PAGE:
It’s all about changing the climate of opinion to fit your vision because politicians and political parties win or lose based on how popular their ideas are.
JOSEPH Schumpeter, in his book Capitalism, Socialism and Democracy, defines democracy as “that institutional arrangement for arriving at political decisions in which individuals acquire the power to decide by means of a competitive struggle for the people’s vote”.
This definition implies that in a democracy there must be competition for votes. This says a lot about the nature of democracy. To win, you must make what you are selling popular. Not necessarily right. But popular.
To see the story of democracy in our country, we need to look back. Since before independence, our society has been divided along communal lines. This was reflected when our political parties were formed. Almost all were communal.
The first president of Umno, Datuk Onn Jaafar, tried to change this. He wanted Umno to open its membership to non-Malays. He embodied the spirit of 1Malaysia before the term was coined.
But he failed and he eventually left Umno. He formed the Independence of Malaya Party and later Parti Negara to pursue his vision for inclusive politics. But, again, he failed.
Onn’s vision was ahead of its time. The public wanted something else, not the good vision that he offered. That is the reality of democracy. Good visions can and do lose the democratic battle if you are unable to change the climate of opinion to support your vision.
When Tunku Abdul Rahman took over from Onn, he tried to address the communalism by creating the Alliance which eventually became the Barisan Nasional coalition that we have today. Together, they are inclusive but most of the members are still individually communal.
Here we see the Tunku as a sharp politician. He knew that in order to win the democratic contest he must offer voters what they want. They wanted to protect and sustain their ethnic identities through ethnic-based political parties. That was what he gave them.
In this context I would not blame anyone for suggesting that even the Tunku was unable to shift public opinion towards one that upholds equality and one that moves away from narrow ethnic-based communalism. Communal parties continue to grow in our society. Voters seem to want it, and continuously voted for it.
Some parties did try to change the situation. Gerakan and DAP did not set up their parties to be communal.
Nevertheless, when deciding electoral strategies, they too have to think along communal lines. They cannot ignore ethnic distributions when deciding whom to field where.
Let me come back to the Tunku. He was rather too liberal in the eyes of his party members. And his liberal attitude was opposed by another group within Umno who disliked his embrace of individual liberty.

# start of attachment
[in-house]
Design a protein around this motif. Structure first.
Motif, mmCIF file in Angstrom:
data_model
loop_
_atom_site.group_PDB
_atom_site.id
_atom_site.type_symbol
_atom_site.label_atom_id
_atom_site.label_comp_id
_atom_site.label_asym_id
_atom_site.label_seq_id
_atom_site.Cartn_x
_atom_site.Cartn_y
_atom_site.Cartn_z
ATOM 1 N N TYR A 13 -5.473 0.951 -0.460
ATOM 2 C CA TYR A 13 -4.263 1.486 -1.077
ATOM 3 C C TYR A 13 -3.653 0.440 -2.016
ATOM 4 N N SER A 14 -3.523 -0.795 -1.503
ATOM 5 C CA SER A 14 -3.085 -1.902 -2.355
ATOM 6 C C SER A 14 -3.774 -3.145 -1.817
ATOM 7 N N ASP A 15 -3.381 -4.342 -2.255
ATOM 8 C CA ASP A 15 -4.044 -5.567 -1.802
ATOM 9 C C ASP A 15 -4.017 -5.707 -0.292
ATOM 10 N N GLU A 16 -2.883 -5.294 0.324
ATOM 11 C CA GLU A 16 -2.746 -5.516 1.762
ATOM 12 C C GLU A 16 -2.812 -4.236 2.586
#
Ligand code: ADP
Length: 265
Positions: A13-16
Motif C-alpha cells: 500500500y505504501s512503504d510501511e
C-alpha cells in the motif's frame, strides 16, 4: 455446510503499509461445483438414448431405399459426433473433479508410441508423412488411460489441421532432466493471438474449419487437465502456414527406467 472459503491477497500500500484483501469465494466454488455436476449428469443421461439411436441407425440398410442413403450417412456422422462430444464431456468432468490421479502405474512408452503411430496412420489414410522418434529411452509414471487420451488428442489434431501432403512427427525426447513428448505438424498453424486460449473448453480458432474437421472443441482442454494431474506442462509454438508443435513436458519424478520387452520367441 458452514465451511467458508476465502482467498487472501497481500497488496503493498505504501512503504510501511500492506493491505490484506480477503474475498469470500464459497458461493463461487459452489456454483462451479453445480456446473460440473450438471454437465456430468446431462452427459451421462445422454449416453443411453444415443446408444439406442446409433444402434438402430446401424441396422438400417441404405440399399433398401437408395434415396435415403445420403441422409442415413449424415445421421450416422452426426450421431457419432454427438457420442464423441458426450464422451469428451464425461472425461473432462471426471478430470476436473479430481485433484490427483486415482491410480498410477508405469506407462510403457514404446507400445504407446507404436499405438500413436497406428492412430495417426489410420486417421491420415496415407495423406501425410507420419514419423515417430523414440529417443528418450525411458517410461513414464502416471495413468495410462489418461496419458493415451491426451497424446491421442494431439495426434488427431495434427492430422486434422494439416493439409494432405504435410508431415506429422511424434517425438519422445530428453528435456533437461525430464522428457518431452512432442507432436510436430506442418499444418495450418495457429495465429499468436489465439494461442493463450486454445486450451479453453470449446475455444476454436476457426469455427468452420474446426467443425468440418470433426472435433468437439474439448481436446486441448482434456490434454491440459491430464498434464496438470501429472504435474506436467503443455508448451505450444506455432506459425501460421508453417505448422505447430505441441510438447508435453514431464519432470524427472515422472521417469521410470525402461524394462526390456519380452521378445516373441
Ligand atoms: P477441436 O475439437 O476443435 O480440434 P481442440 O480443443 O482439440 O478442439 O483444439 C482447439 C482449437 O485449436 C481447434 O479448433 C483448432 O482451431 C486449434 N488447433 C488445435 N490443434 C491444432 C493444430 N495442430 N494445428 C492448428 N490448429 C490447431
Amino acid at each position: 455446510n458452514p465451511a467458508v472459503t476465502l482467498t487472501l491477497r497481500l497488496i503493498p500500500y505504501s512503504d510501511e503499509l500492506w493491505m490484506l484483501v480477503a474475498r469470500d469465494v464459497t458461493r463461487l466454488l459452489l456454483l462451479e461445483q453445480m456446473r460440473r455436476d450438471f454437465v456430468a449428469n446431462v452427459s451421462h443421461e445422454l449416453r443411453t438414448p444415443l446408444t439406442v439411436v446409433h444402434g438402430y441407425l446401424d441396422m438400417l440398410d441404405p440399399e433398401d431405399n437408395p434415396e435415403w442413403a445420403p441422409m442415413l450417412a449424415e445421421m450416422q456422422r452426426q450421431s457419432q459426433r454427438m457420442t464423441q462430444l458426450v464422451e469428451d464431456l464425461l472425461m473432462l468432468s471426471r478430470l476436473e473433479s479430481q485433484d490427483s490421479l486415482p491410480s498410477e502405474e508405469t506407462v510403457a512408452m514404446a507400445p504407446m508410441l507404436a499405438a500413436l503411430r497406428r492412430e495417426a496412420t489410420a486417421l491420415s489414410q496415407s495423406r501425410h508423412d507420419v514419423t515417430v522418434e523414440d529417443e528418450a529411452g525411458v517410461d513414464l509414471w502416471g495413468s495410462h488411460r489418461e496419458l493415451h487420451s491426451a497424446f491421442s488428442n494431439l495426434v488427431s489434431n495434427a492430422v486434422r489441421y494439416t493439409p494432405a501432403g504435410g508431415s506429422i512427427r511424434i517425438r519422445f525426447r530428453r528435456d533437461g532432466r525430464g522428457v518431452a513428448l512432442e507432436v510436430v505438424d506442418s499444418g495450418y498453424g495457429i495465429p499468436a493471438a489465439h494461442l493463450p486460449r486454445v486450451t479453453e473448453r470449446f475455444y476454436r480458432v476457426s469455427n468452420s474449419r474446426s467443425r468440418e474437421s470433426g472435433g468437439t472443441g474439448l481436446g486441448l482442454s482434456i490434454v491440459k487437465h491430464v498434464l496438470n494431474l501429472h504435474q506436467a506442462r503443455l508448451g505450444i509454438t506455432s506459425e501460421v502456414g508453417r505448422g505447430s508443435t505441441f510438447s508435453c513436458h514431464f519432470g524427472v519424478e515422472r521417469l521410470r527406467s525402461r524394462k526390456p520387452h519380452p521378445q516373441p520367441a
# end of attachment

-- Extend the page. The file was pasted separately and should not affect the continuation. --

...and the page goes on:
In a speech delivered at Ideas Annual Dinner on Feb 20 this year, Tun Musa Hitam said, “In those early days of our history, politics was more ideological than material.
There were two camps in Umno: the Tunku camp and the Razak camp. The Tunku camp was clearly and unapologetically right wing, pro-west and pro-business. The Razak camp was allegedly socialist-communist inclined”.
This was a telling statement by a self-proclaimed Razak boy. Musa suggested that the liberal administration of the Tunku was eventually replaced by a socialist-communist inclined administration of Tun Razak Hussein. Indeed, Razak did start our relationship with communist China, introduced huge government grip into Malaysia’s socioeconomic system when he introduced the New Economic Policy, and made the Government much bigger than before.
Musa did not mean to denigrate Razak by using the term socialist-communist.
This is just to signify that Razak introduced Big Government to our country, and the philosophy of Big Government is usually called socialist or communist in the field of political philosophy.
The legacy of the Razak administration is Big Government. This was continued by Tun Hussein Onn, strengthened with a vengeance by Tun Mahathir Mohamad, and built upon by Datuk Seri Najib Tun Razak.
The slight anomaly is perhaps Tun Abdullah Badawi. He did well to reduce the Government’s grip and opened the democratic spaces.
But by strengthening the civic space, he weakened his own position and he lost the democratic contest within his own party because that was not the popular thing to do.
With that background, my analysis of the evolution of democracy in Malaysia is this.
Our democracy, similar to many other countries, is not necessarily about what is good. It is simply about what is popular. Politicians and political parties win or lose based on how popular their ideas are, not how good their ideas are.
This is the irony of democracy. It can give you a good government. And it can also give you a government that takes the country in the wrong direction. It depends on what has been made popular in the eyes of society.
Thus if we want to take the country towards a particular direction, we need to make those ideas popular in the eyes of the voters.
It is not enough to just focus on the politicians. Malaysia being a democracy, voters’ judgement on what is popular matters.
Wan Saiful Wan Jan is chief executive of the Institute for Democracy and Economic Affairs (www.ideas.org.my). The views expressed here are entirely the writer’s own.
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